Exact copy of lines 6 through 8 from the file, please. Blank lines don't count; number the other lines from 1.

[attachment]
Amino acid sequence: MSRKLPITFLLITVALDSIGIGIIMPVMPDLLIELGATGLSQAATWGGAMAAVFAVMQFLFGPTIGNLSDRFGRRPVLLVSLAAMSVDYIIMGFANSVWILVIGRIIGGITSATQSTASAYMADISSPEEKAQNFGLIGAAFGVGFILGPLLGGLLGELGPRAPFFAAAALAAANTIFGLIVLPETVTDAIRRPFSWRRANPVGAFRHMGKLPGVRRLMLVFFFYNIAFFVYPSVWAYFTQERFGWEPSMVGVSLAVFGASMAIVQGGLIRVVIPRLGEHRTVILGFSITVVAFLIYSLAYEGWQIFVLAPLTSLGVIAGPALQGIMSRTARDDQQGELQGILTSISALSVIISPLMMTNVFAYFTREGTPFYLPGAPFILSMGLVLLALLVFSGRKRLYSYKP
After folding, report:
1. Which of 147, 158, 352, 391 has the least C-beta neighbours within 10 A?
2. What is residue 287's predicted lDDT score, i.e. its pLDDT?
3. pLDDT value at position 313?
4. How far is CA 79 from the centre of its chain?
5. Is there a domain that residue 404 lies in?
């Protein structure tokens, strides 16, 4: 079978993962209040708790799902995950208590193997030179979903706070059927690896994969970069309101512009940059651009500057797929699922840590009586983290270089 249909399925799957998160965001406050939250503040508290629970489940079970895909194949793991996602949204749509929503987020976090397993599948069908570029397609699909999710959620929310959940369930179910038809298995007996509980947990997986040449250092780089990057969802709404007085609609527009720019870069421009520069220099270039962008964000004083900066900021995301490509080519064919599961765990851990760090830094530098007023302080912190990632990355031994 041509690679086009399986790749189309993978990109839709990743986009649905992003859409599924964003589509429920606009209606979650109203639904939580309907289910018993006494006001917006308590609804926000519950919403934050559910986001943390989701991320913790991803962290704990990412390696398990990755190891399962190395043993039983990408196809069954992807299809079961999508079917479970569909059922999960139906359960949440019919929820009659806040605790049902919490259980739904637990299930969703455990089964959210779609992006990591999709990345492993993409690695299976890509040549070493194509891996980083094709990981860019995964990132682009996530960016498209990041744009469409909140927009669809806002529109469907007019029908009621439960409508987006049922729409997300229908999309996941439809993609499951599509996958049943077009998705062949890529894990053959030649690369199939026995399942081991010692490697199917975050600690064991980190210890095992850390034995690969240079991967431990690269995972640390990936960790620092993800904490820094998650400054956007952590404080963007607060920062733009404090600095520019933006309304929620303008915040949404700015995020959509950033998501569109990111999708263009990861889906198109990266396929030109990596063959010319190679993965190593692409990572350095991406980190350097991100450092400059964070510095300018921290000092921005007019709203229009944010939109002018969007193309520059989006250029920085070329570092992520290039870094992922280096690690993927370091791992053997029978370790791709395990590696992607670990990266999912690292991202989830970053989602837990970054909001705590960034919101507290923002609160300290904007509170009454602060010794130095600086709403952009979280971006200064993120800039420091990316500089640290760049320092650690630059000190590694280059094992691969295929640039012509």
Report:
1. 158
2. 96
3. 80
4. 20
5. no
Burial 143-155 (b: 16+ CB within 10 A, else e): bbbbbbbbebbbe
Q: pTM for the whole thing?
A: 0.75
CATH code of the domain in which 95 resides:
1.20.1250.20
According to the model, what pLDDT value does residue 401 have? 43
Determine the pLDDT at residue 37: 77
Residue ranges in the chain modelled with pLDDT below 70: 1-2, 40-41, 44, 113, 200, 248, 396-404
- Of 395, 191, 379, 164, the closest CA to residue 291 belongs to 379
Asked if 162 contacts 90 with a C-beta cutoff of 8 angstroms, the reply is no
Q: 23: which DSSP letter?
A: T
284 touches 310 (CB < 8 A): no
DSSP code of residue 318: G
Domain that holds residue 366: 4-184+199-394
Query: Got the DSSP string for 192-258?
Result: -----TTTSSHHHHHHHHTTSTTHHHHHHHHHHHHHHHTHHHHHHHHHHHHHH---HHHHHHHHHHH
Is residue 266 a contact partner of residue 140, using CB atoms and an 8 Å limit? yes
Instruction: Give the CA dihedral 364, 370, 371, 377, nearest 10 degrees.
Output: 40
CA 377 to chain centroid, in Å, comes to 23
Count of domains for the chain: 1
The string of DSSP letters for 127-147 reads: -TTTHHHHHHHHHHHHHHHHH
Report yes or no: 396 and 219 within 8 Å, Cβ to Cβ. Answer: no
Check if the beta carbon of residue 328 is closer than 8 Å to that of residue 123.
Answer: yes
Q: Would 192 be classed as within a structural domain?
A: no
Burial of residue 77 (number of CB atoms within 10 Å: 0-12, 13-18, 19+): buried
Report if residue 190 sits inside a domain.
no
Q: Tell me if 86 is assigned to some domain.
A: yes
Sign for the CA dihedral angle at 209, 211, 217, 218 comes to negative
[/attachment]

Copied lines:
4. How far is CA 79 from the centre of its chain?
5. Is there a domain that residue 404 lies in?
């Protein structure tokens, strides 16, 4: 079978993962209040708790799902995950208590193997030179979903706070059927690896994969970069309101512009940059651009500057797929699922840590009586983290270089 249909399925799957998160965001406050939250503040508290629970489940079970895909194949793991996602949204749509929503987020976090397993599948069908570029397609699909999710959620929310959940369930179910038809298995007996509980947990997986040449250092780089990057969802709404007085609609527009720019870069421009520069220099270039962008964000004083900066900021995301490509080519064919599961765990851990760090830094530098007023302080912190990632990355031994 041509690679086009399986790749189309993978990109839709990743986009649905992003859409599924964003589509429920606009209606979650109203639904939580309907289910018993006494006001917006308590609804926000519950919403934050559910986001943390989701991320913790991803962290704990990412390696398990990755190891399962190395043993039983990408196809069954992807299809079961999508079917479970569909059922999960139906359960949440019919929820009659806040605790049902919490259980739904637990299930969703455990089964959210779609992006990591999709990345492993993409690695299976890509040549070493194509891996980083094709990981860019995964990132682009996530960016498209990041744009469409909140927009669809806002529109469907007019029908009621439960409508987006049922729409997300229908999309996941439809993609499951599509996958049943077009998705062949890529894990053959030649690369199939026995399942081991010692490697199917975050600690064991980190210890095992850390034995690969240079991967431990690269995972640390990936960790620092993800904490820094998650400054956007952590404080963007607060920062733009404090600095520019933006309304929620303008915040949404700015995020959509950033998501569109990111999708263009990861889906198109990266396929030109990596063959010319190679993965190593692409990572350095991406980190350097991100450092400059964070510095300018921290000092921005007019709203229009944010939109002018969007193309520059989006250029920085070329570092992520290039870094992922280096690690993927370091791992053997029978370790791709395990590696992607670990990266999912690292991202989830970053989602837990970054909001705590960034919101507290923002609160300290904007509170009454602060010794130095600086709403952009979280971006200064993120800039420091990316500089640290760049320092650690630059000190590694280059094992691969295929640039012509």